WIPP Works in Washington: Primary Thoughts on the 2016 Election

AnnSullivan new

By Ann Sullivan, WIPP Government Relations

Does anyone else think the 2016 Presidential election has been going for ages?  It sure seems like that to me, but admittedly, it has been one of the most entertaining primaries in recent history.  The 24-hour news cycle has kept us up to the minute with every speech, gaff, or barb traded by the candidates. We’ve seen our fair share of debates, roundtables and town halls while watching almost daily polls track the candidates as their support rises and falls. Luckily, today is when the rubber meets the road – at least in Iowa – where Iowans will caucus for their primary candidates. As the 2016 Presidential election ramps up, so too will WIPP’s advocacy efforts. Why? Because we are not cynical about democracy and the process necessary to achieve it. We believe engagement is the mechanism by which to change the trajectory of our country’s future.

WIPP has made addressing the needs of women entrepreneurs a top priority for elected officials and our advocacy has resulted in successes for women business owners. Just look to 2015 for proof that women business owners have a seat at the table. We worked for implementation of sole source authority for the Women-Owned Small Business (WOSB) Procurement Program– a tremendous step forward for women-owned businesses seeking to win federal contracts.  The Senate Small Business Committee passed the first reauthorization for the Women’s Business Center (WBC) program in nearly a decade, which provides important business support to women entrepreneurs. These are just two of the many policy victories for women entrepreneurs last year.

To ensure that we keep up that momentum and women entrepreneurs remain a top priority for our elected officials, WIPP has launched WE Decide 2016. This collaboration with Personal BlackBox (PBB) will engage women entrepreneurs seeking to affect the issues candidates discuss throughout the 2016 Election.  Ten million woman business owners, if active, are in a position to influence the direction of economic policy positions.  According to the National Women’s Business Council (NWBC), women-owned businesses are an economic force, contributing nearly $1.6 trillion to the annually to the US economy. The WE Decide 2016 platform seeks to engage all women business owners and associations whose members are women entrepreneurs, not just WIPP members. When women come together to share their views about the future of this country, they don’t need to be caucusing in Iowa or attending town halls in New Hampshire.  The platform will be polling women business owners on economic issues, such as access to capital, access to federal markets, tax policy and providing healthcare to employees, to mention a few topics that affect us daily.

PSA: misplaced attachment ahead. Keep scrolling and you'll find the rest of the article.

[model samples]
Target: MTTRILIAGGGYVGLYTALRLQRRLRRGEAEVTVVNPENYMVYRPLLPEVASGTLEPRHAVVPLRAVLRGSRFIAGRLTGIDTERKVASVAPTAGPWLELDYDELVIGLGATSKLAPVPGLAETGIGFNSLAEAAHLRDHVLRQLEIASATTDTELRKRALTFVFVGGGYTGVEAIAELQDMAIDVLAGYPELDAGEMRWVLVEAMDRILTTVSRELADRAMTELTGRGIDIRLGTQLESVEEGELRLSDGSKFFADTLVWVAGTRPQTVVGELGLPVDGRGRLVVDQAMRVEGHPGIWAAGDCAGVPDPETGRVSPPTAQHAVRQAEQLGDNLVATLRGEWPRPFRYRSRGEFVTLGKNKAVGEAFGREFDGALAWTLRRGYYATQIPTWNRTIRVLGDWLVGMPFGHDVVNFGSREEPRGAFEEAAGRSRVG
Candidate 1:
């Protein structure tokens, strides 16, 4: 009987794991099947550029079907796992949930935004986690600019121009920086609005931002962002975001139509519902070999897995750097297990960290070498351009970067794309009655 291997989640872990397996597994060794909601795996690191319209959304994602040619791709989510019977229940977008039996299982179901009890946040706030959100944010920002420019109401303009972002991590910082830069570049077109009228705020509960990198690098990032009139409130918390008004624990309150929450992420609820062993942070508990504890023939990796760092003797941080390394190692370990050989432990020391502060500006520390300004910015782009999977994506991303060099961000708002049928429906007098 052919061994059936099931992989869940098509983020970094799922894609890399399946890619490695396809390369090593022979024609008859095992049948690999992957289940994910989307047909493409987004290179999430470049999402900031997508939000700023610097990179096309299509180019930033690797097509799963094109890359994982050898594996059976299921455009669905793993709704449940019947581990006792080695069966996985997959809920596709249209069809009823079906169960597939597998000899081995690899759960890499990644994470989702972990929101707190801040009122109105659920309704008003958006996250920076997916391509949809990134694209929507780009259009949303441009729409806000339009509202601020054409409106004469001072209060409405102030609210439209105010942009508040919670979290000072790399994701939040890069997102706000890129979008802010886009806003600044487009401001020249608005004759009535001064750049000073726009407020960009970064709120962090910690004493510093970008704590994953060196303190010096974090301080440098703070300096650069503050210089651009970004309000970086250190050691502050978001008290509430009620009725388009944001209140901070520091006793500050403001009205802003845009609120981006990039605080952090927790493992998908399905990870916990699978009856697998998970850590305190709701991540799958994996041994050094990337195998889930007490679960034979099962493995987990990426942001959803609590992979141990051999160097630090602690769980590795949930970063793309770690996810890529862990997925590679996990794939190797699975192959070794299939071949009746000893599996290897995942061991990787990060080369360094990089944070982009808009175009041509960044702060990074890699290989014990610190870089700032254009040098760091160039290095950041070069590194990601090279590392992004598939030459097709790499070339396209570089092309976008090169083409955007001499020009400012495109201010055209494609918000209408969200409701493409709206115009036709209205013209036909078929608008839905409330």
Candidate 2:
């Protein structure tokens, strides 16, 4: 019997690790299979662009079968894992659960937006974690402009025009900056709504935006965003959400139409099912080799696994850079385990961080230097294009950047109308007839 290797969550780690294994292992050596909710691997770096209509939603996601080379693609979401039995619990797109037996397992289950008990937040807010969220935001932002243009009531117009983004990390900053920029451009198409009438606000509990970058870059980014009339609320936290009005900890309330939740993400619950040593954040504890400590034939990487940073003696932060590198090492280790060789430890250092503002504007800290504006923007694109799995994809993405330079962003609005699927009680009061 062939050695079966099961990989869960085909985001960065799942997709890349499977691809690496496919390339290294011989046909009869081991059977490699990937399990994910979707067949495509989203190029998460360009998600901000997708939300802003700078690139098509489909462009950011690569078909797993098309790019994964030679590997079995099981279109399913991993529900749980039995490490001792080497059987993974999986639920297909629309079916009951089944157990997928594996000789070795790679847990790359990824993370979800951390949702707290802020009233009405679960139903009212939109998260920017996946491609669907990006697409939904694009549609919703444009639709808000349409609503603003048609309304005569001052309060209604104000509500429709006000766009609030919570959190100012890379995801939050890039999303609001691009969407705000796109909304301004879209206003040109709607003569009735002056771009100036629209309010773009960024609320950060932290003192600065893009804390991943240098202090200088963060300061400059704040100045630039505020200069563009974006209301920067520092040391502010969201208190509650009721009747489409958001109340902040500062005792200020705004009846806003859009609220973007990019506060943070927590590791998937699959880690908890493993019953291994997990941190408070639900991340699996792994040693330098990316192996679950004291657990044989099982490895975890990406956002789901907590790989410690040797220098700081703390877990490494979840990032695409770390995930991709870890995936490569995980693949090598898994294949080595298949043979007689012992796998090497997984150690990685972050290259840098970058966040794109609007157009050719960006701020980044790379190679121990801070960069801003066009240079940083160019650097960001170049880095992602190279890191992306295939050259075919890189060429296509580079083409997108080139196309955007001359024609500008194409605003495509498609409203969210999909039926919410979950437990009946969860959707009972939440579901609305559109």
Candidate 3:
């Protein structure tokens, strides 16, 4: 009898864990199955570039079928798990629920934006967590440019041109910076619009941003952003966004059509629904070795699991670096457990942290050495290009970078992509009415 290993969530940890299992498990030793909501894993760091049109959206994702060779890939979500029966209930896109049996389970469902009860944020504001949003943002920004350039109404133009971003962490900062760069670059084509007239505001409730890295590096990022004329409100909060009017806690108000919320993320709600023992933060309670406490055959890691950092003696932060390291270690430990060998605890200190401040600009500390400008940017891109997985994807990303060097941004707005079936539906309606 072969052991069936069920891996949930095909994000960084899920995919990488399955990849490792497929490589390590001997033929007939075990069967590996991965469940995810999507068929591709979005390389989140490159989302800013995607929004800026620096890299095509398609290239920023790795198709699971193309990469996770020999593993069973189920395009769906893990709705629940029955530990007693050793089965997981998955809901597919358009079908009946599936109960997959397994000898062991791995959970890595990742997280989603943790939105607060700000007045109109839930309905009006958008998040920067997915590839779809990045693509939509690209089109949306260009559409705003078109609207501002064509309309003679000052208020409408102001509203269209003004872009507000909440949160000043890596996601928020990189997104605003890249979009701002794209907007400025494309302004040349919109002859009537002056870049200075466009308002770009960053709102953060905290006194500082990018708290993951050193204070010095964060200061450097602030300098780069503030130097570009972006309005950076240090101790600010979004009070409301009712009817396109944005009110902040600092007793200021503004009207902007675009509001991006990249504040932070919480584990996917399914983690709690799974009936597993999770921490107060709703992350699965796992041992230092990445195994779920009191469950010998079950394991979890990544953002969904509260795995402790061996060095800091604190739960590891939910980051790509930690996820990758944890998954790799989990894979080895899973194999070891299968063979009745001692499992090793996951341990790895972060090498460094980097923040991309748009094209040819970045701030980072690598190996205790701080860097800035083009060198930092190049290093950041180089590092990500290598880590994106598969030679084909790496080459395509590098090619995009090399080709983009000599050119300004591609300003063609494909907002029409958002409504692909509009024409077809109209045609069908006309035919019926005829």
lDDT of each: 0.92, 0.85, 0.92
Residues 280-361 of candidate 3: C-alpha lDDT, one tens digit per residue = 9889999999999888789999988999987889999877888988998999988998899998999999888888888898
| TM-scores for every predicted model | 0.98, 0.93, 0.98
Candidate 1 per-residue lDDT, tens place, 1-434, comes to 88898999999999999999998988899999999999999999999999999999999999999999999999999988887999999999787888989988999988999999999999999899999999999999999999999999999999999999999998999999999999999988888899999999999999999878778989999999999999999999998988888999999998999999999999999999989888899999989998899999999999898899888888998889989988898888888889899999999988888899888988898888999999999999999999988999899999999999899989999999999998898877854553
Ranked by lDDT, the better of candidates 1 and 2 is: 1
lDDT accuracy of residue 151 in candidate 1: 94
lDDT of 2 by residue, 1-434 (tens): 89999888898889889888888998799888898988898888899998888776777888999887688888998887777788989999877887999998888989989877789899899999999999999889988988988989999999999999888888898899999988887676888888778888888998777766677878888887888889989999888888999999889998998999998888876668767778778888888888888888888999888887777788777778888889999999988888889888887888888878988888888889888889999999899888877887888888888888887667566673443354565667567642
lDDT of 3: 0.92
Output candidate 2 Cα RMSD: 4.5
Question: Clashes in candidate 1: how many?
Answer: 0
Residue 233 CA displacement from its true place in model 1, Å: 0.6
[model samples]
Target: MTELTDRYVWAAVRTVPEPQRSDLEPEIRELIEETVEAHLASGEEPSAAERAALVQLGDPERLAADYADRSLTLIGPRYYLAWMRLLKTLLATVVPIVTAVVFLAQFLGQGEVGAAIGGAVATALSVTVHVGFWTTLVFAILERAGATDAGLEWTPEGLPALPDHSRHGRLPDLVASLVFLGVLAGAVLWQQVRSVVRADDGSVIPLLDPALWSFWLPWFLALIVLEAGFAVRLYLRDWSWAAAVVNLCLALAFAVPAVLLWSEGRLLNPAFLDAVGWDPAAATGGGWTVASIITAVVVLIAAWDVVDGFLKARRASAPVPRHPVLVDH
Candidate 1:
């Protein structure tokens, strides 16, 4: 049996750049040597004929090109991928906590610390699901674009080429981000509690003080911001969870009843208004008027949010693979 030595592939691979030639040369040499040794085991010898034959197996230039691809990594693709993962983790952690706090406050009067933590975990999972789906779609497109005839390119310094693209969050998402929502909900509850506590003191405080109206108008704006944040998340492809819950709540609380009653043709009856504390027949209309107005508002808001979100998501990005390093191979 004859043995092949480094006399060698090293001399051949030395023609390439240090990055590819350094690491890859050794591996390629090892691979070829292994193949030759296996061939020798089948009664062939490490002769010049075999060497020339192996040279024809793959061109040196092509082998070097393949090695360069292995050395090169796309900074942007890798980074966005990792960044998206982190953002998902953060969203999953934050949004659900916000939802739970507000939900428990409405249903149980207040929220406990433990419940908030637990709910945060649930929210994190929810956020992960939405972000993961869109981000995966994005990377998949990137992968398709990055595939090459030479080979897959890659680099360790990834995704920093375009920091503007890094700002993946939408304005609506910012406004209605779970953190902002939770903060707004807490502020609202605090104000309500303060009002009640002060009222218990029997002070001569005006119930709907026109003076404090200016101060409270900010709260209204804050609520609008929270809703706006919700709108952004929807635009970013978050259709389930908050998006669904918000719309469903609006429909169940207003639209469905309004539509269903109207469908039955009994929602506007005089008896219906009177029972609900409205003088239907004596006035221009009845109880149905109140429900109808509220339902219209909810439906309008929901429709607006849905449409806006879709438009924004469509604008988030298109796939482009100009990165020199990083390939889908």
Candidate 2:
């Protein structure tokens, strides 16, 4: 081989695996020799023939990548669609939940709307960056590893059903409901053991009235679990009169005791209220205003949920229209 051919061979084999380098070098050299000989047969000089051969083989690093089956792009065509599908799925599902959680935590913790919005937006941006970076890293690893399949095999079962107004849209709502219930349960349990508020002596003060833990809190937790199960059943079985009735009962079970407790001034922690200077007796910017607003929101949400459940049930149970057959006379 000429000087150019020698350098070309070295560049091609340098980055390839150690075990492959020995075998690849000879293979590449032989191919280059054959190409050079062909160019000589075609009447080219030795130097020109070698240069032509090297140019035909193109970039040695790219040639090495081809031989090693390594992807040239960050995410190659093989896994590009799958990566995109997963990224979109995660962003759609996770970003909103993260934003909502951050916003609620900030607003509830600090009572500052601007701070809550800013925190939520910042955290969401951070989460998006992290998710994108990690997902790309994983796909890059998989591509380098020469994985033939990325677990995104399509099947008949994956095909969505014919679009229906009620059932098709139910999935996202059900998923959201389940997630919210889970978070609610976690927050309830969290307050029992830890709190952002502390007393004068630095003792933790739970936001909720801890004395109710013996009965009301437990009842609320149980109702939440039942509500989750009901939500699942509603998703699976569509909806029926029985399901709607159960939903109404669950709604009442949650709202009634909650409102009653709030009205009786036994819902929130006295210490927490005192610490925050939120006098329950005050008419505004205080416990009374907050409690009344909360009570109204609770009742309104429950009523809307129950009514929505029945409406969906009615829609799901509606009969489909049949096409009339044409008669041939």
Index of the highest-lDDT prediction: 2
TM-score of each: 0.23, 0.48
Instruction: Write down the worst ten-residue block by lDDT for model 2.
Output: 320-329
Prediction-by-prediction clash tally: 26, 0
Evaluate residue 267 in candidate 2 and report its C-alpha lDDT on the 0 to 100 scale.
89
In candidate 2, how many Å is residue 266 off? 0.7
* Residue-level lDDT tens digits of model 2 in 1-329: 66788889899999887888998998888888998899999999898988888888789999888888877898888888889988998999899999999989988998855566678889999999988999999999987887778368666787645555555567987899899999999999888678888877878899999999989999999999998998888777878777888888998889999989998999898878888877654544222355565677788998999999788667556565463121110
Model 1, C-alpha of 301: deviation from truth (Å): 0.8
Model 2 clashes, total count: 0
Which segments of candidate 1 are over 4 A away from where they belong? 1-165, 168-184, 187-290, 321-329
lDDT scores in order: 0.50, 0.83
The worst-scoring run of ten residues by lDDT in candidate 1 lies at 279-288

As the primary results come in and we move on to the New Hampshire primary next week and the South Carolina primary on February 20, know that through WE Decide 2016, we have a unique opportunity to engage the voices of ten million women business owners. We certainly don’t need to agree on every issue, but I, for one, think women business owners may not necessarily possess the same views on issues that the national polls indicate.  So, lean in and let’s see the results of our engagement.  I can’t wait to see the impact all of us together can have in November.

 

 

National Women’s Business Council Releases its Annual Report

NWBC
The National Women’s Business Council has released its Annual Report, “10 Million Strong – The Tipping Point for Women’s Entrepreneurship,“ and the number of women looking to be entrepreneurs is at an all time high. Women ‘s entrepreneurship has gone from being a trend to a huge growth factor to the economy of this country. According to the report, women-led businesses are predicted to increase by more than 50% over the next five years – women are launching roughly 1,200 new businesses per day.

 

Better resources and opportunities have created an opening for women to grow their brands and build larger networks to support their products and businesses, crowdfunding being one of the best resources. Though women are still far behind men in financing their businesses, they are receiving more funds today than ever before.

 

In 2016 the Council is looking to keep the growth momentum going and will continue to research and support women business owners. Click here to view the full report online.